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Intrinsic short-tailed azole resistance in mucormycetes is due to an evolutionary conserved aminoacid substitution of the lanosterol 14α-demethylase

Scientific Reportsvolume 7, Article number: 15898 (2017) | Download Citation

Abstract

Mucormycoses are emerging and potentially lethal infections. An increase of breakthrough infections has been found in cohorts receiving short-tailed azoles prophylaxis (e.g. voriconazole (VCZ)). Although VCZ is ineffective in vitro and in vivo, long-tailed triazoles such as posaconazole remain active against mucormycetes. Our goal was to validate the molecular mechanism of resistance to short-tailed triazoles in Mucorales. The paralogous cytochrome P450 genes (CYP51 F1 and CYP51 F5) of Rhizopus arrhizus, Rhizopus microsporus, and Mucor circinelloides were amplified and sequenced. Alignment of the protein sequences of the R. arrhizus, R. microsporus, and M. circinelloides CYP51 F1 and F5 with additional Mucorales species (n = 3) and other fungi (n = 16) confirmed the sequences to be lanosterol 14α-demethylases (LDMs). Sequence alignment identified a pan-Mucorales conservation of a phenylalanine129 substitution in all CYP51 F5s analyzed. A high resolution X-ray crystal structure of Saccharomyces cerevisiae LDM in complex with VCZ was used for generating a homology model of R. arrhizus CYP51 F5. Structural and functional knowledge of S. cerevisiae CYP51 shows that the F129 residue in Mucorales CYP51 F5 is responsible for intrinsic resistance of Mucorales against short-tailed triazoles, with a V to A substitution in Helix I also potentially playing a role.

Introduction

A small fraction of the more than five million fungal species cause infections in humans. The genetic plasticity of many of these pathogens allows relatively rapid adaption to challenges posed by the host immune system and antifungal therapy1, while other pathogens appear to have innate resistance to some classes of antifungals. Most pathogenic fungi are members of the phylum Ascomycota, followed by the Basidiomycota2. The ascomycetes contain many common human pathogens from the genera Aspergillus, Candida, and Pneumocystis3, as well as emerging human pathogens including Fusarium, Scedosporium, Histoplasma, and Coccidioides 4. Among the basidiomycetes, prominent human pathogens are found in the genera Cryptococcus 5, Malassezia 6, and Trichosporum 7. Mucormycetes (previously zygomycetes) include the taxa Mucoromycotina (Mucorales) and Entomophtoromycotina (Entomophtorales). Members of the Mucoromycotina cause systemic human infections. In contrast, members of the Entomophtorales rarely infect humans and are predominantly isolated from cutaneous infections (e.g. Conidiobolus spp. and Basidiobolus spp.)8.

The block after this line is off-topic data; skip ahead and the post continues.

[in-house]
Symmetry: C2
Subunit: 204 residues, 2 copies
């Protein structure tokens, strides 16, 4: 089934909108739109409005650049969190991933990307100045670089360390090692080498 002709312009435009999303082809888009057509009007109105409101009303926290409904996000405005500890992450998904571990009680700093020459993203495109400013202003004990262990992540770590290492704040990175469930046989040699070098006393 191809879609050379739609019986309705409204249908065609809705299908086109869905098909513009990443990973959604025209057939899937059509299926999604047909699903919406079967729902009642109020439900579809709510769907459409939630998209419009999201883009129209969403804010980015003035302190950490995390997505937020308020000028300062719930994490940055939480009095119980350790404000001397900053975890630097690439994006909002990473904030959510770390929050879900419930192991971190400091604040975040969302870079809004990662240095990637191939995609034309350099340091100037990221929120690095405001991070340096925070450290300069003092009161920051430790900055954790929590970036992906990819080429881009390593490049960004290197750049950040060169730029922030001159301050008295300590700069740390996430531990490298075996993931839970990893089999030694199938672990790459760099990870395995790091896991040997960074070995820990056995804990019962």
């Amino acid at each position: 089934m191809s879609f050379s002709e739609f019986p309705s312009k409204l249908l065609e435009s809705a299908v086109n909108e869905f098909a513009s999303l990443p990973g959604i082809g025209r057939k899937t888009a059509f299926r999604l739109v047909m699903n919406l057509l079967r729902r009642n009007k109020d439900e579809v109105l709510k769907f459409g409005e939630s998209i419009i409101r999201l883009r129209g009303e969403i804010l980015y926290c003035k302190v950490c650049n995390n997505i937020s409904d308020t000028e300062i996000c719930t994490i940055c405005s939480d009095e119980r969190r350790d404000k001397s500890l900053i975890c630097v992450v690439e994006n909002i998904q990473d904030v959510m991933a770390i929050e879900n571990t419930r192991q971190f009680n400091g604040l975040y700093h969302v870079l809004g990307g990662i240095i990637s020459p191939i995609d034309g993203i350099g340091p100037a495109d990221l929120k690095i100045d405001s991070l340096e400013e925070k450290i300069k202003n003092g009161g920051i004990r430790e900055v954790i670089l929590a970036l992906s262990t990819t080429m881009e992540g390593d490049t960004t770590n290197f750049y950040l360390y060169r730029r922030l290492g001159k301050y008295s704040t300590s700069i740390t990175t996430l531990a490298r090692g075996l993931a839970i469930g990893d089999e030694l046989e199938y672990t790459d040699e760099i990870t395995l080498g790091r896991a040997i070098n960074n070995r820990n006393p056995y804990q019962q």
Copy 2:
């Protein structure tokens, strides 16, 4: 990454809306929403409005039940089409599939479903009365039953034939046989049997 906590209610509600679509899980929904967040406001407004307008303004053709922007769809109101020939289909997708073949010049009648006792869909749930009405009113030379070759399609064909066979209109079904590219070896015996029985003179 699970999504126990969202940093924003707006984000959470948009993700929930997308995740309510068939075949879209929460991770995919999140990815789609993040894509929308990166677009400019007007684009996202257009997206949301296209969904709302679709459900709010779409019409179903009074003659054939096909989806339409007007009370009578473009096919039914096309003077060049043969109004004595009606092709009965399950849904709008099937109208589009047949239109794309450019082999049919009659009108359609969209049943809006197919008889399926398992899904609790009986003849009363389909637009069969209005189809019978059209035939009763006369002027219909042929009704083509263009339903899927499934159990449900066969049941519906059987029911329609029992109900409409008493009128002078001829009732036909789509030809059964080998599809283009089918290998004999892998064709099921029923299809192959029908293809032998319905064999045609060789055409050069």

The Mucorales are among the most ancient groups within the fungal kingdom9. Like most fungal pathogens, many are ubiquitous saprophytes9. They cause highly destructive and potentially lethal infections (mucormycoses) in immunocompromised individuals with specific predisposing conditions (e.g. severe burns, neutropenia, diabetes mellitus)10. Worldwide, the most common genera found to cause mucormycosis are Rhizopus, followed by Lichtheimia, and Mucor, with the most frequent clinical isolates being R. arrhizus and R. microsporus 8. Mucormycosis has a high mortality rate, with invasive mucormycosis lethal in up to 96% of cases11,12,13. Although uncommon, mucormycosis is recognized as an emerging disease with limited treatment options. There is also an increasing incidence of breakthrough infections among immunocompromised patients and high-risk patient cohorts receiving voriconazole (VCZ) prophylaxis14,15. International guidelines for the treatment of mucormycoses suggest first-line antifungal therapy with liposomal or lipid formulations of amphotericin B (AMB), whereas posaconazole (PCZ) is recommended as salvage therapy16. VCZ and fluconazole (FLC) are short-tailed triazoles and, unlike the long-tailed triazole PCZ, have no in vitro 17,18 or in vivo 19,20,21 activity against mucormycetes.